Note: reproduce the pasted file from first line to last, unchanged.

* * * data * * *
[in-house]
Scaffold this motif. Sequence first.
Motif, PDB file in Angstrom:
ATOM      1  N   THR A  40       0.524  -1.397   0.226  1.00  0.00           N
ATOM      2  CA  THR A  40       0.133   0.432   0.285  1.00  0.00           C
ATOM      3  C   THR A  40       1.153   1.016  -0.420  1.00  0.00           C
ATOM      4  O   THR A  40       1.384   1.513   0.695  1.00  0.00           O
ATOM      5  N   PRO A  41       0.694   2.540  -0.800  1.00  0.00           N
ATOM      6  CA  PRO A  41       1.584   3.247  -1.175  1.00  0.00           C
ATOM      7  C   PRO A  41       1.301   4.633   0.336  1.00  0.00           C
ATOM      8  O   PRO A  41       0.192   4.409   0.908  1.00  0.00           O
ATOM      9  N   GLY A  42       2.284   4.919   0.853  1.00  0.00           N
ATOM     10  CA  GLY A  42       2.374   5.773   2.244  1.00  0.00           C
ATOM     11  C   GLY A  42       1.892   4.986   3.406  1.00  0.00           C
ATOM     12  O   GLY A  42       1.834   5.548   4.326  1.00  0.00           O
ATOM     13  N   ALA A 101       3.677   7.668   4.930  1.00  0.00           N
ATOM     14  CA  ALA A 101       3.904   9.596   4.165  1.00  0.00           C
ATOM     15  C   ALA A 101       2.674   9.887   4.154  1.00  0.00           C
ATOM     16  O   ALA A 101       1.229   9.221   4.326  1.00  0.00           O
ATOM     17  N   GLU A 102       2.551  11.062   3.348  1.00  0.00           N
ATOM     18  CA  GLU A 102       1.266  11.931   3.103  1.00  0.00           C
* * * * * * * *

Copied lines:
[in-house]
Scaffold this motif. Sequence first.
Motif, PDB file in Angstrom:
ATOM      1  N   THR A  40       0.524  -1.397   0.226  1.00  0.00           N
ATOM      2  CA  THR A  40       0.133   0.432   0.285  1.00  0.00           C
ATOM      3  C   THR A  40       1.153   1.016  -0.420  1.00  0.00           C
ATOM      4  O   THR A  40       1.384   1.513   0.695  1.00  0.00           O
ATOM      5  N   PRO A  41       0.694   2.540  -0.800  1.00  0.00           N
ATOM      6  CA  PRO A  41       1.584   3.247  -1.175  1.00  0.00           C
ATOM      7  C   PRO A  41       1.301   4.633   0.336  1.00  0.00           C
ATOM      8  O   PRO A  41       0.192   4.409   0.908  1.00  0.00           O
ATOM      9  N   GLY A  42       2.284   4.919   0.853  1.00  0.00           N
ATOM     10  CA  GLY A  42       2.374   5.773   2.244  1.00  0.00           C
ATOM     11  C   GLY A  42       1.892   4.986   3.406  1.00  0.00           C
ATOM     12  O   GLY A  42       1.834   5.548   4.326  1.00  0.00           O
ATOM     13  N   ALA A 101       3.677   7.668   4.930  1.00  0.00           N
ATOM     14  CA  ALA A 101       3.904   9.596   4.165  1.00  0.00           C
ATOM     15  C   ALA A 101       2.674   9.887   4.154  1.00  0.00           C
ATOM     16  O   ALA A 101       1.229   9.221   4.326  1.00  0.00           O
ATOM     17  N   GLU A 102       2.551  11.062   3.348  1.00  0.00           N
ATOM     18  CA  GLU A 102       1.266  11.931   3.103  1.00  0.00           C